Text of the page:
2. *cringe* never never never. i'm with you on the self pride versus entitlement. i will be the loudest mom on the bench, but you won't be the highest paid 10 year old linebacker :p

  3. WHAT?! This is a thing? People pay their kids to do well in sports? I don't even know what to say, except shame on them. No wonder kids these days have such a sense of entitlement. Gross.

  4. I can see chores equaling money, or taking your kid out for a celbratory dinner after a great game, but to pay as a reward? They'll just grow up thinking they're entitled all the darn time. And those people suck.

  5. I am not athletic so this method of paying might have worked for me. But I couldn't agree more with SurferWife on this one -- giving your children money when they do good -- well I just don't support it. I have a hard time believing it is going to instill the appropriate characteristics we want our children to have.

  6. Abso-freakin-lutely NOT. I don't pay for grades, for soccer goals, for SAT scores, or cavity-free dentist visits.

    Where's the feeling of accomplishment? I totally agree with you here. I have heard parents "remind" their girls on the soccer field that they get $10 or an ice cream or something if they score a goal. The very first thing they do when they score? Yell at their parents, "Hey, ten bucks! Ice Cream!" rather than doing the high five with the team.

    Saddens me.

  7. i thought kids played sports because they like it? i mean, i chose my activities based on things i enjoyed doing. crap, if i were getting paid for it i would have sumo wrestled.
    i feel like if i have to deal with parents like this when i have a kid, i will probably kick them for being sucky.

  8. No and I think that's absurd.

    Those parents should be ashamed.

  9. I used to get pissed when parents paid for grades. Even at 8 I knew that was wrong. Paying for goals is just as abominable.

  10. Are you freaking kidding me? I have never heard of this. Maybe it is because I live in the poverty stricken Toledo, but still. I refuse to pay for anything, even chores. Now I would definitely take them out for ice cream or pizza for a great game, every once in a while, but I don't want it to be expected.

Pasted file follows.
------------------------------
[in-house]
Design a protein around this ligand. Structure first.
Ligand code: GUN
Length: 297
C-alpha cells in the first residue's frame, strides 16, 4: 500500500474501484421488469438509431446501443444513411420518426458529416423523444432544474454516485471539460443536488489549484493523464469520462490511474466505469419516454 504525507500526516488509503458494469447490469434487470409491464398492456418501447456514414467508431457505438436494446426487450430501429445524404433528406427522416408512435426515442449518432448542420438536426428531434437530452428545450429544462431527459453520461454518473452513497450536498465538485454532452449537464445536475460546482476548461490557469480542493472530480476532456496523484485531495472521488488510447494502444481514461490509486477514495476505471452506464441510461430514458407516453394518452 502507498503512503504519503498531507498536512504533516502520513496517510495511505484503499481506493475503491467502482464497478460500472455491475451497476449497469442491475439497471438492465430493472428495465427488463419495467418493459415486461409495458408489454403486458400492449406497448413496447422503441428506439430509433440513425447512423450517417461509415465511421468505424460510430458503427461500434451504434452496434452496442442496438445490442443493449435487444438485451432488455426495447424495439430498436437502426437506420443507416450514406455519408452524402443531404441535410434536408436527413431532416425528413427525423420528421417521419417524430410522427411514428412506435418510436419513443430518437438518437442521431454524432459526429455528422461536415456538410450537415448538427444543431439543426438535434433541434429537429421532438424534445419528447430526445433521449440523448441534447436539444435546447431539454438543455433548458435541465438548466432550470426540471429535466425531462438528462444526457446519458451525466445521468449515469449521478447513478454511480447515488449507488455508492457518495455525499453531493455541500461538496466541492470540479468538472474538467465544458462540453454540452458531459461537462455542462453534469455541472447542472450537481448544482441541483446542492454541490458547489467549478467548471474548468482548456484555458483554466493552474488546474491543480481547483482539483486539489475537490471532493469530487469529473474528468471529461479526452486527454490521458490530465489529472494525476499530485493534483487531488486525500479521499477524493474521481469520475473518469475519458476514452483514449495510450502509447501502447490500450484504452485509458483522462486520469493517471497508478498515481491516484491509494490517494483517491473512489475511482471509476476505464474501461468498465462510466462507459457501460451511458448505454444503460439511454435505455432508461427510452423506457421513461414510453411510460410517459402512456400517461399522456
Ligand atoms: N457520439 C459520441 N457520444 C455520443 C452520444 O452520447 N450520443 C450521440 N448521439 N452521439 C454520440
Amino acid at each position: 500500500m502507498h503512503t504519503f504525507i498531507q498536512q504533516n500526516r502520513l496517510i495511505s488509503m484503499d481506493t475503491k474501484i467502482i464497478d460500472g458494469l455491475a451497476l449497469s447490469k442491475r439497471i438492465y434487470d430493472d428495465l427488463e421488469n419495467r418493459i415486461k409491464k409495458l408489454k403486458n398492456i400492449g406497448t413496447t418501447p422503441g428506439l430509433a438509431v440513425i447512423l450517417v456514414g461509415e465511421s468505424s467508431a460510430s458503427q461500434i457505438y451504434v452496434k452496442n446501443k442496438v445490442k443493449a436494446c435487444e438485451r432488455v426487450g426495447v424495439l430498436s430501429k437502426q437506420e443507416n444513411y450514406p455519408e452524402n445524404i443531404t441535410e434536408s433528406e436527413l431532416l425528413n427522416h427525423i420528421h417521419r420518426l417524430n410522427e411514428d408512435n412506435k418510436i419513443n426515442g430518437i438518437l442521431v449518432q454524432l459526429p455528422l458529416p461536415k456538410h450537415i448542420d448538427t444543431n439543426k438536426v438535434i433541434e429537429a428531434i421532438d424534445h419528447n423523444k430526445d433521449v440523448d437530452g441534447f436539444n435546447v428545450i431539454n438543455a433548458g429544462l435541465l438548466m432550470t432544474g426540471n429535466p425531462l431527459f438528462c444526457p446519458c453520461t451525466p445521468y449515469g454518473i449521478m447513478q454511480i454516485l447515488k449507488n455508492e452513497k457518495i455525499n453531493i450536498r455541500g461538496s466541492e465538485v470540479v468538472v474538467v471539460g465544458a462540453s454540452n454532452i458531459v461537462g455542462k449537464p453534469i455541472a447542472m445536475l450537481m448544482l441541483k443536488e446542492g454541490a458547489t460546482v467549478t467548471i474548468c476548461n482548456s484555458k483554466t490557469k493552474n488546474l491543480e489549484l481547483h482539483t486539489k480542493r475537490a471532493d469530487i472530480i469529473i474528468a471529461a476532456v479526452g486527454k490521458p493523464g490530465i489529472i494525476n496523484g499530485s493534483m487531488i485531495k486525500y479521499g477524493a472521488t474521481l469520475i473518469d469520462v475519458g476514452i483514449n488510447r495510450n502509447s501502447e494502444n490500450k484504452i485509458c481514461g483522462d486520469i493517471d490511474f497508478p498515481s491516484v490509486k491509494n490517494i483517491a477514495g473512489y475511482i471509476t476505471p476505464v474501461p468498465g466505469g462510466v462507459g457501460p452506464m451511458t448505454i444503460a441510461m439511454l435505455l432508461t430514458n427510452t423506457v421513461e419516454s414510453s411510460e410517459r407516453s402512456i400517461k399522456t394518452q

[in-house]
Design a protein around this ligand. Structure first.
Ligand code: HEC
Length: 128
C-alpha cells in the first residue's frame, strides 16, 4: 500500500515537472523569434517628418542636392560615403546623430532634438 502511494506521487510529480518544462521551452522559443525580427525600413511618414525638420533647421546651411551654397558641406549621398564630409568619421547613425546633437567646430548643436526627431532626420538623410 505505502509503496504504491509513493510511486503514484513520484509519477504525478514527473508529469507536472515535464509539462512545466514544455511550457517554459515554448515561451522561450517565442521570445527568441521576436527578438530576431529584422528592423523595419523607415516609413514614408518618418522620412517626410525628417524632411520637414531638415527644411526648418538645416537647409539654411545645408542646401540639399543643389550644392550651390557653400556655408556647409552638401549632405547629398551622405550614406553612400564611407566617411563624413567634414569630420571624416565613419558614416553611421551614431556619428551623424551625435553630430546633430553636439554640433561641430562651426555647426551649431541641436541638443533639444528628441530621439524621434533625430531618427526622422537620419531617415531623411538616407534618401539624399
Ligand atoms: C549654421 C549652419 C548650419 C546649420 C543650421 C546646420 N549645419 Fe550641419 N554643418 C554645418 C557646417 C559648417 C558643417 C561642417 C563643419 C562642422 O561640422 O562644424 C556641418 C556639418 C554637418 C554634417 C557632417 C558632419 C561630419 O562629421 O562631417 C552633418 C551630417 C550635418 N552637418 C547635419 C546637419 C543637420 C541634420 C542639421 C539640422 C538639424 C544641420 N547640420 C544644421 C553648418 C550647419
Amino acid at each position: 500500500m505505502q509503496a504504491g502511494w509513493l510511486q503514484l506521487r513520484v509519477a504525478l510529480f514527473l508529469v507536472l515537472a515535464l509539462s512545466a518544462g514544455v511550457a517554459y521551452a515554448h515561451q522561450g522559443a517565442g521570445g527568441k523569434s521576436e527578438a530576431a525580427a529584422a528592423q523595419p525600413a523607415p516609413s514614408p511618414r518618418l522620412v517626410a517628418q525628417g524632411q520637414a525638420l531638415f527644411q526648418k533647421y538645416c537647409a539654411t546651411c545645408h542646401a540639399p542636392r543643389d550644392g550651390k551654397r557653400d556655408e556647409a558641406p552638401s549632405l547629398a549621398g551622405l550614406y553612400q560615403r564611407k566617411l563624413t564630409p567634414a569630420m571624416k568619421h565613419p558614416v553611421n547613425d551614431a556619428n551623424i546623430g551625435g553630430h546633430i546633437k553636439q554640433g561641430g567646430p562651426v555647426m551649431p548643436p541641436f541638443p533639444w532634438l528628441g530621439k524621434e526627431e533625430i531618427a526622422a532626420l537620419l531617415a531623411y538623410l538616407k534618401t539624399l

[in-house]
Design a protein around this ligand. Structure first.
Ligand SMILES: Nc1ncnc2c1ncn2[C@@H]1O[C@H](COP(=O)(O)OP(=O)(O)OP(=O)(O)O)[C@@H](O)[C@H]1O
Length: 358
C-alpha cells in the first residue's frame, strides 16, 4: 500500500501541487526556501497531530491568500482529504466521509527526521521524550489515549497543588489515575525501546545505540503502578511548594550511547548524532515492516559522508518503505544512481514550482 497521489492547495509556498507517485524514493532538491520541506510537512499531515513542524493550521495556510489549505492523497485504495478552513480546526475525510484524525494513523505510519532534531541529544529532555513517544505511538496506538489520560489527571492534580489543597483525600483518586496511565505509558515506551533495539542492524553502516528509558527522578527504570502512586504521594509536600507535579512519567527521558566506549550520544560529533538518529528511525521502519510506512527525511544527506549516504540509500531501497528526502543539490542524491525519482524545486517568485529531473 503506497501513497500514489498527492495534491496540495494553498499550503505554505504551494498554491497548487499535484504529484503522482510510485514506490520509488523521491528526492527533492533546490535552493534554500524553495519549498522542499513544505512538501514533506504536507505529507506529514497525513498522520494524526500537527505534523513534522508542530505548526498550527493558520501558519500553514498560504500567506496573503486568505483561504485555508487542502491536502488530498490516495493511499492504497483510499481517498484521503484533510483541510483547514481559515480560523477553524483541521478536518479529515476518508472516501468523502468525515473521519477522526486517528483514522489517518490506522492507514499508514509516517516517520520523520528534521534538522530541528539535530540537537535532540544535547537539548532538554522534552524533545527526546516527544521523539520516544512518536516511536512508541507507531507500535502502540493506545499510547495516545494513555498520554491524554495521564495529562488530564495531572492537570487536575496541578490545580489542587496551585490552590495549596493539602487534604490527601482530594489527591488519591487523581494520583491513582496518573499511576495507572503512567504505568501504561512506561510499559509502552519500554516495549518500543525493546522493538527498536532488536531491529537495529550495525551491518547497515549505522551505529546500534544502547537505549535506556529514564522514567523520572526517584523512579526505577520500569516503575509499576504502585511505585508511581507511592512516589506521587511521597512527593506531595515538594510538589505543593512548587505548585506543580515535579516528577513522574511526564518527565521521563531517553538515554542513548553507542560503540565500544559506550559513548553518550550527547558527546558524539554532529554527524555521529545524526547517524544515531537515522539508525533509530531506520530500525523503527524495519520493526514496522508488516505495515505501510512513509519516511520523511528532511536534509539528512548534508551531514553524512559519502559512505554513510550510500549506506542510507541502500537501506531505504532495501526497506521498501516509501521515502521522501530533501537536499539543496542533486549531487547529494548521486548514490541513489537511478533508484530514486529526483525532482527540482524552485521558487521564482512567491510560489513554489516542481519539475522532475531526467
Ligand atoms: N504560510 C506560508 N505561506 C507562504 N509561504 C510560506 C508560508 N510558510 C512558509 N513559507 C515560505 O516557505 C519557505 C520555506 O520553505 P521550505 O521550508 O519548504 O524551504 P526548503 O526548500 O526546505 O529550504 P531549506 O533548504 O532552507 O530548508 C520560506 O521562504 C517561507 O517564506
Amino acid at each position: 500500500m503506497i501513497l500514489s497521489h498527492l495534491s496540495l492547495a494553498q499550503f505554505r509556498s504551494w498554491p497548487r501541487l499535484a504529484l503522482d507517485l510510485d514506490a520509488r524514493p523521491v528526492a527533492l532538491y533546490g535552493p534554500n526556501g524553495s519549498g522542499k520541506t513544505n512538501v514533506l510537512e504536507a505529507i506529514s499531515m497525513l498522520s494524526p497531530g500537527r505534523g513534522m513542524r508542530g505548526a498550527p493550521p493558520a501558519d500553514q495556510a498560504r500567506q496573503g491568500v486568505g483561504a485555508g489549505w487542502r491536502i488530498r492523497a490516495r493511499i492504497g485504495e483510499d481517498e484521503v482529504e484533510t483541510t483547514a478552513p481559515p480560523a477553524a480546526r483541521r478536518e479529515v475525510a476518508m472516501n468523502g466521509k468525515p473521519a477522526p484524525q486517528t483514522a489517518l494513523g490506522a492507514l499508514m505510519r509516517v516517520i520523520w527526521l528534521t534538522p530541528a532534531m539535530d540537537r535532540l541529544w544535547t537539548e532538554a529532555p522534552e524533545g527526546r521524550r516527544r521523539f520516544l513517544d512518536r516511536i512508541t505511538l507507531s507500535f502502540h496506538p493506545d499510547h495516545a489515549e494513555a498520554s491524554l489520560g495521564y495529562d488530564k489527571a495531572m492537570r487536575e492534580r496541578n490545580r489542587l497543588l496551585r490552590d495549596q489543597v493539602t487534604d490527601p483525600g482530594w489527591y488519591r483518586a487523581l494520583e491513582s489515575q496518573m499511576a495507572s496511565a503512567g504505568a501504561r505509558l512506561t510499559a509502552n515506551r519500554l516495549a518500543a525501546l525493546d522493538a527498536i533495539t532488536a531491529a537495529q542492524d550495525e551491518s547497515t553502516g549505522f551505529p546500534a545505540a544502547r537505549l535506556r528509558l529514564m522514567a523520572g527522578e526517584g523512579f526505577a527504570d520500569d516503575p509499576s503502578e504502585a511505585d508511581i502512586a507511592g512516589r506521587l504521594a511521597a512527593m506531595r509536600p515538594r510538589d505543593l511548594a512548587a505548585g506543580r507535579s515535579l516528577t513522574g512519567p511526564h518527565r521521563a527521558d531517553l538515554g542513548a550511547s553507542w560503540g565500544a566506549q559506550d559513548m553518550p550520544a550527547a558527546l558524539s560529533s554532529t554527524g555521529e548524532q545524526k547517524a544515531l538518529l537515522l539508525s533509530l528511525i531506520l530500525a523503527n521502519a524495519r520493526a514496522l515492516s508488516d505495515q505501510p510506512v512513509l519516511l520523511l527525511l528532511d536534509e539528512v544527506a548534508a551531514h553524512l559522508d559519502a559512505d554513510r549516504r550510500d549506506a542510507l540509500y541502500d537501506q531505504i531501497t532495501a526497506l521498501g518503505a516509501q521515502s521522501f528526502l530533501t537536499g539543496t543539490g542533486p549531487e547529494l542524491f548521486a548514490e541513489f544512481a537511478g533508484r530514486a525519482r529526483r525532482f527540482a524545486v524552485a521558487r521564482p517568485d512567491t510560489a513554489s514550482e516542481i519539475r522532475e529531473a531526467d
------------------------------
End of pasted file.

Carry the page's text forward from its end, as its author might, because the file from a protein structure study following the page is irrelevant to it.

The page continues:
11. I have paid for grades, it was a GREAT motivator, for my kid. I've always told my kids that it's their "job" to go to school, so when it became a struggle with my son, we made a contract for payment for good grades and he had to pay me for bad grades. My daughter doesn't need that kind of motivation (yet) she makes good grades without my bribery. Yes, they get a sense of accomplishment for doing well, but every single kid and person is different in their specific motivators. My son loved having his "own" money and loved not having to ask me for money to see a movie or get an ice cream at school, etc. He felt proud when he made the grades and had his own money. We have jokingly said "hey $100 for a homer" when in a clinch situation when one of the kids was playing ball, neither of them ever did it, but we would have paid if they had done it. We never said hey, you get this much for fielding or hitting or sliding, etc. I think it all depends on each person's perspective and as parents, we have to back up and let other parents do what they think is right for their kids and hope that they back up and let us do what we think is right for our kids.

  12. I have no problem sending the message that you get paid for hard work. its not bribery. Its life. My friend sent me this article because I told her that last night I paid my kid $1 for every rebound he attempted. Not made, but attempted. Sometimes on defense he forgets what he is supposed to do. It worked. Yeah, its great to think that playing the sport should be reward enough. But take it from someone who sucked at sports his whole life, it is crushing to your self esteem when when your coaches and team mates tell you you suck, put you on the bench, and make fun of you for striking out. Some kids are better at sports than others, and unlike lots of parents I could care less if my kids play sports. But if they are going to play, the message I send is at least work hard. And if it takes a buck or two or ice cream after the game to remind them to work hard so be it. Its life. Just like my job, i work hard because I get paid to work hard. I don't particularly enjoy my work, but I enjoy the life it provides my family.